MARTIN: I think some courts will find that mutual and may very well rely on that because in many times it's easier for a court, more comfortable for a court to rely on a statutory provision instead of going to the full constitutional values, but there are problems with that.
It says not to discriminate in the issuance of an immigrant visa and most of this is being implemented by way of a separate provision of the immigration law. It's in the same statute. The same overall statute as that provision.
And that's the one that gives the president very broad powers when he finds that entry of certain people is detrimental to the interest of the country. A very broad standard that he may suspend the entry of classes of aliens or individuals.
But the argument is to why that's overridden by the provision you initially quoted, but it's not a clear case on that. I think the administration will argue we're not discriminating on the issue of visas. We are simply imposing what we see as something required by foreign policy.
CUOMO: We'll certainly hear more about this because it seems like the law may be the only recourse here with the Democrats not having the votes to change anything in terms of any legislation to make this executive order prohibited.
Also we have Germany's prime minister, Angela Merkel saying that she thinks it violates the Geneva Convention. We'll see if there are any teeth to that allegation.
Mr. Martin, thank you very much. Appreciate the perspective.
MARTIN: Thank you.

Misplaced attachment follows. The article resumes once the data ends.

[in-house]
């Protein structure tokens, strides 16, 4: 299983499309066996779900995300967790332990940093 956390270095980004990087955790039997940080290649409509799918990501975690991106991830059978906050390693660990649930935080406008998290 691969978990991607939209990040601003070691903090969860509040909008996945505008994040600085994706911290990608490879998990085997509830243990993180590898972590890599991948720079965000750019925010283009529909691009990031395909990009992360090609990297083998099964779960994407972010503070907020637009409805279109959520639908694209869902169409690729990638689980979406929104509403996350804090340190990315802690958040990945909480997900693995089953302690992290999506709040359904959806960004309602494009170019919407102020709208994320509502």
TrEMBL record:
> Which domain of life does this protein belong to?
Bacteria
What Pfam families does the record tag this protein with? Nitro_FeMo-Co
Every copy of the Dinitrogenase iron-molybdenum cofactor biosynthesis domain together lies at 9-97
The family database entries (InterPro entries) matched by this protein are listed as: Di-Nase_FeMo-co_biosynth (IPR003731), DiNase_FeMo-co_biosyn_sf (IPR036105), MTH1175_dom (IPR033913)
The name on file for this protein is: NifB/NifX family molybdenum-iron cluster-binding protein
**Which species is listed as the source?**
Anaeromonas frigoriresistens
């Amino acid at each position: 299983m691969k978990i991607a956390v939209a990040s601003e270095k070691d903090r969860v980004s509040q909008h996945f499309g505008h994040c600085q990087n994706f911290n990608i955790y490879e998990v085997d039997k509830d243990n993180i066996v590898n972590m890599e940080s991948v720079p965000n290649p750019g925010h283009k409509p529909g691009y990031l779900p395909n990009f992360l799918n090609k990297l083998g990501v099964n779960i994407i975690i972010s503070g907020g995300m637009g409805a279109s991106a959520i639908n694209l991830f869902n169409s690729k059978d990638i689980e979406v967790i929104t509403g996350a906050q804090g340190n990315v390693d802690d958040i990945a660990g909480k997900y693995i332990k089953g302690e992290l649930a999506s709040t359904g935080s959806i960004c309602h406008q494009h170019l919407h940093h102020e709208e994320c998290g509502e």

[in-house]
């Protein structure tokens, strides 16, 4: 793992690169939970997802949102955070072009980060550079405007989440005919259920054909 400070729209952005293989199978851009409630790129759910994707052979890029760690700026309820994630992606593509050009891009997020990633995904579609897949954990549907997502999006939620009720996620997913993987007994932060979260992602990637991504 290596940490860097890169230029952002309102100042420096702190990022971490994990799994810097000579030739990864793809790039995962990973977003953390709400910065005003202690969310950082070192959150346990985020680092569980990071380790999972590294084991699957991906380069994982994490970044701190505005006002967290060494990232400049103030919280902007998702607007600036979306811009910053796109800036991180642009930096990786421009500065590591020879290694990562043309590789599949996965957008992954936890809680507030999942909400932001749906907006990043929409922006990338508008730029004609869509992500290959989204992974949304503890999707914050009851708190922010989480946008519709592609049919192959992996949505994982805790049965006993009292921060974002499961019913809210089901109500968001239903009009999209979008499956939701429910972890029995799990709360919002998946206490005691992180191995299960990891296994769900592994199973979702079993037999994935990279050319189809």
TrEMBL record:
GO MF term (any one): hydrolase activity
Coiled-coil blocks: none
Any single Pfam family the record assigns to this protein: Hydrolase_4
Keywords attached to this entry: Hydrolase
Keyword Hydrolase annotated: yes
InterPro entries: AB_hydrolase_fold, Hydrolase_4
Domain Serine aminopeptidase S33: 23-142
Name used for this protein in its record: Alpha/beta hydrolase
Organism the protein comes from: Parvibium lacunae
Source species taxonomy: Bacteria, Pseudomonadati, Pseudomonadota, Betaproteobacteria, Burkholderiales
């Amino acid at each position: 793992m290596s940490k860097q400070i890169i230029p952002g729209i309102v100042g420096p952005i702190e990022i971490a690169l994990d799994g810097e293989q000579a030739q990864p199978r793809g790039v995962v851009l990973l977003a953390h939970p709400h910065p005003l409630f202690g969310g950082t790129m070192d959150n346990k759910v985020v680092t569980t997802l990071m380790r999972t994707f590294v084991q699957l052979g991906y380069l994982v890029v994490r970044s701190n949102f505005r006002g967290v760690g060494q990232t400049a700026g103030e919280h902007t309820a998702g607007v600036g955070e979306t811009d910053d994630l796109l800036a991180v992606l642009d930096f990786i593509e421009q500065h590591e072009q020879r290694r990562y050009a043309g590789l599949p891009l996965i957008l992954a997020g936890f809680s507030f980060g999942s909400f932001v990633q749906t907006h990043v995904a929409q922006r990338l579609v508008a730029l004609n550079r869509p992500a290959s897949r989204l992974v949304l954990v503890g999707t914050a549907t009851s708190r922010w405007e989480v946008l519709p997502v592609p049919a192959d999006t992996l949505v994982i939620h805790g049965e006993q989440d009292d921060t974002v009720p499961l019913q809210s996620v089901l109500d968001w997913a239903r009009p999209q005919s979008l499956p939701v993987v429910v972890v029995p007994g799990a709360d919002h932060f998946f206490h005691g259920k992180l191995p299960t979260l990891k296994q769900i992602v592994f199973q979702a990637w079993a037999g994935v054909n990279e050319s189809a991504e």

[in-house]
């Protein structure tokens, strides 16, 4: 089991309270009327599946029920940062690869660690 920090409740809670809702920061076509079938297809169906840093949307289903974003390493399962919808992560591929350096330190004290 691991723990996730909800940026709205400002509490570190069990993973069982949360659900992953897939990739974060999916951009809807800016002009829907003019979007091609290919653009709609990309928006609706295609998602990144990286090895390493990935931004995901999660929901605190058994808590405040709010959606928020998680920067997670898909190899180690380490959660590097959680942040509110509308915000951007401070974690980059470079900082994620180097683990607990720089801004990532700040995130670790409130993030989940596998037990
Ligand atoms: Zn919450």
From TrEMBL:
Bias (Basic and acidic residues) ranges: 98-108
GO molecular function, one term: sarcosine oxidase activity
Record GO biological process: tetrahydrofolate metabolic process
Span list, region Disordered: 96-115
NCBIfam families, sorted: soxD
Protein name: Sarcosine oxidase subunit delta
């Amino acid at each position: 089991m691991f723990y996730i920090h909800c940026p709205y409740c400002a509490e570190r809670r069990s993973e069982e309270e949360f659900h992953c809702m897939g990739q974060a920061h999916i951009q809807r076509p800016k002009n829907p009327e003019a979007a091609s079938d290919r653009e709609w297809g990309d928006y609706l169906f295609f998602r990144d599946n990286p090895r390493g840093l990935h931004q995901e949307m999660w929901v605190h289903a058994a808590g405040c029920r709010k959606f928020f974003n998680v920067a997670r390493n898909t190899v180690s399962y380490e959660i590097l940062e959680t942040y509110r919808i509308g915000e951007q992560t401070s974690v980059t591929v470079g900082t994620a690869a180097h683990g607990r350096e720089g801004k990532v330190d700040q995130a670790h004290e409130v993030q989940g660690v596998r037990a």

CUOMO: All right, our international viewers, thanks to all of you for watching us. CNN NEWSROOM is going to begin for you in just a few moments. For our U.S. viewers, NEW DAY continues right now. We have an update on a terror attack in Canada.
(BEGIN VIDEO CLIP)
UNIDENTIFIED MALE: He is not going to apologize for putting the safety of this country first.
UNIDENTIFIED MALE: They can't deny that this is a Muslim ban.
UNIDENTIFIED MALE: Folks that shouldn't be in this country, they're going to be detained. So apologize for nothing here.
SENATOR JOHN MCCAIN (R), ARIZONA: It's a radical departure from any National Security Council in history.
UNIDENTIFIED MALE: You have an extremer vetting proposal that didn't get the vetting it should have had.
CAMEROTA: Deadly gunfire ringing out at this mosque in Canada. Police arrested two people.
UNIDENTIFIED FEMALE: Witnesses describe a coordinated attack.
JOHN BERMAN, CNN ANCHOR, "EARLY START": This is now being investigated as an act of terror.
(END VIDEO CLIP)
CUOMO: Good morning. Welcome to your NEW DAY. We begin with President Trump's sweeping seven-nation travel ban. The administration defending the controversial order following a weekend of chaos and confusion and protests in the streets and at airports across the country not to mention global condemnation.
CAMEROTA: Even some top Republicans criticized the controversial executive order. The Trump administration insists though this is not a Muslim ban. We have it all covered for you. So let's go first to CNN's Athena Jones. She is live at the White House with the very latest. Good morning, Athena.
ATHENA JONES, CNN CORRESPONDENT: Good morning, Alyson. After a weekend of confusion, the Department of Homeland Security said last night that no one in the initial group --